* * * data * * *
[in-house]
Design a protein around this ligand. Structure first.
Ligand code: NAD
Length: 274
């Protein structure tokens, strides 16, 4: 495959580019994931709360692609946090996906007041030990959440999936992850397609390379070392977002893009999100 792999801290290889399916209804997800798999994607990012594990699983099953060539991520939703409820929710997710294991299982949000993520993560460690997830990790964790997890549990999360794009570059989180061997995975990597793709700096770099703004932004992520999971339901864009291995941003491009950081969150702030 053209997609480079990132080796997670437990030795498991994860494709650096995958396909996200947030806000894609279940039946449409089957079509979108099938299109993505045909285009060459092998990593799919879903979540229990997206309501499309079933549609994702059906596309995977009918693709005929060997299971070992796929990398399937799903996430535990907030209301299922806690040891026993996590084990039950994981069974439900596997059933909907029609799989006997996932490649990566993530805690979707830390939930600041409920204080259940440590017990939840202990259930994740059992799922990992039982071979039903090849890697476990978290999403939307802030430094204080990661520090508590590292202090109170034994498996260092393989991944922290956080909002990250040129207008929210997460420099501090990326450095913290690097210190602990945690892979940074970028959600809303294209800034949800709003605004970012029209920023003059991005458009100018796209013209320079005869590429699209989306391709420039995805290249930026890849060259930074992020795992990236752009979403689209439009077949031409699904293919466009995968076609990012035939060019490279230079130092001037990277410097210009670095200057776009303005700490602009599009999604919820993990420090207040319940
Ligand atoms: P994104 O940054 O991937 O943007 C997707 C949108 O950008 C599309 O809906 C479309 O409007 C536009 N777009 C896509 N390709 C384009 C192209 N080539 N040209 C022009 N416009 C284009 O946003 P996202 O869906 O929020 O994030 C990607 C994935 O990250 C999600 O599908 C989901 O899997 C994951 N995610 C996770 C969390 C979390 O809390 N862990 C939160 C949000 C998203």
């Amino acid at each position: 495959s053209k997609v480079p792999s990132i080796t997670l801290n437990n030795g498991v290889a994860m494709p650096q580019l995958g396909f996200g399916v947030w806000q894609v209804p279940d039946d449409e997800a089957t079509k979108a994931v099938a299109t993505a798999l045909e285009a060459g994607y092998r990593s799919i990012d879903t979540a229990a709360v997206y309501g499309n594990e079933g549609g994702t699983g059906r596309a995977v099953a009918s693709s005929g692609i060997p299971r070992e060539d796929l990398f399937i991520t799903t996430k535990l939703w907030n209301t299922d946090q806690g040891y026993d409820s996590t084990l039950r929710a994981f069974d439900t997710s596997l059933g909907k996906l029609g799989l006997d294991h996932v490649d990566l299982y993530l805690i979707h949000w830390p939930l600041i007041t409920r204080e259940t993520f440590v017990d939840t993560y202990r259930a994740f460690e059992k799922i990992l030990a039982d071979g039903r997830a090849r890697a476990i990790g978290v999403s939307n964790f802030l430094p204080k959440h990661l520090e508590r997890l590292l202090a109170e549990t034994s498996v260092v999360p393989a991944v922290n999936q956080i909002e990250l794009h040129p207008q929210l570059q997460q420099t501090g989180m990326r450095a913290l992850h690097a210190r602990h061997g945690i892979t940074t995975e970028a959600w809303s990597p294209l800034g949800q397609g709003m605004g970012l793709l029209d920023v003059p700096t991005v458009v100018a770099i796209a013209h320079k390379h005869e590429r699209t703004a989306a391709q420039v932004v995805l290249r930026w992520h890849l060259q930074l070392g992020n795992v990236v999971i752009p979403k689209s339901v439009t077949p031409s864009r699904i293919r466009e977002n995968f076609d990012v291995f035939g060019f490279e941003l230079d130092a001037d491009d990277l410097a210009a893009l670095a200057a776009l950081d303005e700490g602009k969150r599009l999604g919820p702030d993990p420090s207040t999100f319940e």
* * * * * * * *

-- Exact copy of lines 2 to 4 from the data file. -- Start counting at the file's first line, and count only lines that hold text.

Design a protein around this ligand. Structure first.
Ligand code: NAD
Length: 274